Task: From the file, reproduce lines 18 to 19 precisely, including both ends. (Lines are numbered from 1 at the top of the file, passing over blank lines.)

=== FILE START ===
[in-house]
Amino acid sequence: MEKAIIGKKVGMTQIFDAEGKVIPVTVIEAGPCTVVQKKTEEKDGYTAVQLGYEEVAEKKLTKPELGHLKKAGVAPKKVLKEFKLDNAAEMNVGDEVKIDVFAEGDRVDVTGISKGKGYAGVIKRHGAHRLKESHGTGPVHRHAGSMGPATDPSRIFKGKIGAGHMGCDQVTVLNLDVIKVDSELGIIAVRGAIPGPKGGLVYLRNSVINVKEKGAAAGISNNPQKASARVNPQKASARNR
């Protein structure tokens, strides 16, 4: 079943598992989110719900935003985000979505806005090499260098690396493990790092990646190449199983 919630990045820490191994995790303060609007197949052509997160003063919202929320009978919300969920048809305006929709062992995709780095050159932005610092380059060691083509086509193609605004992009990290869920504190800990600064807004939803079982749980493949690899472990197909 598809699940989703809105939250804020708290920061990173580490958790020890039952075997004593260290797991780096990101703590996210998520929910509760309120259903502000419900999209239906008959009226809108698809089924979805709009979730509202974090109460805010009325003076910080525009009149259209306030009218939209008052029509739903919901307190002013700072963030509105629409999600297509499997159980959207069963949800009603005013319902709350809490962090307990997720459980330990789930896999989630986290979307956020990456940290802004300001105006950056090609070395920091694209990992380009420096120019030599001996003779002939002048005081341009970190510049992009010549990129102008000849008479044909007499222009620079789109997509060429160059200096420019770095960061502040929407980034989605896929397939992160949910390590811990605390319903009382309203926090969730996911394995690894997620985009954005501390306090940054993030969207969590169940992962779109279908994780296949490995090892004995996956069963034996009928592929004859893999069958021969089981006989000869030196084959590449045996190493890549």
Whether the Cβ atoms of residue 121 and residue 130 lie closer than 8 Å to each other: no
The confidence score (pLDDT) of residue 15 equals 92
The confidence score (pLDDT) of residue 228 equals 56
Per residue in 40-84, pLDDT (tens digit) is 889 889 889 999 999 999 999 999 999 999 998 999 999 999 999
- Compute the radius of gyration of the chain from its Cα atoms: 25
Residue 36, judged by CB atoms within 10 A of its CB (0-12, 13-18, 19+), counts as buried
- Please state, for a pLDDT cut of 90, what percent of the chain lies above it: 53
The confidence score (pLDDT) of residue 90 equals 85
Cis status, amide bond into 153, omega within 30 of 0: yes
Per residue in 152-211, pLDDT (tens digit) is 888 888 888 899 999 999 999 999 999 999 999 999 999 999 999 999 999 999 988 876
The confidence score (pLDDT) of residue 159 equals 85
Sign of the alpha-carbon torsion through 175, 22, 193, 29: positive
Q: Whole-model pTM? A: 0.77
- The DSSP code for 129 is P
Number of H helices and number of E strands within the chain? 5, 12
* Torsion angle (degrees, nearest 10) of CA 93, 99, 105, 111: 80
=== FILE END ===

Number of H helices and number of E strands within the chain? 5, 12
* Torsion angle (degrees, nearest 10) of CA 93, 99, 105, 111: 80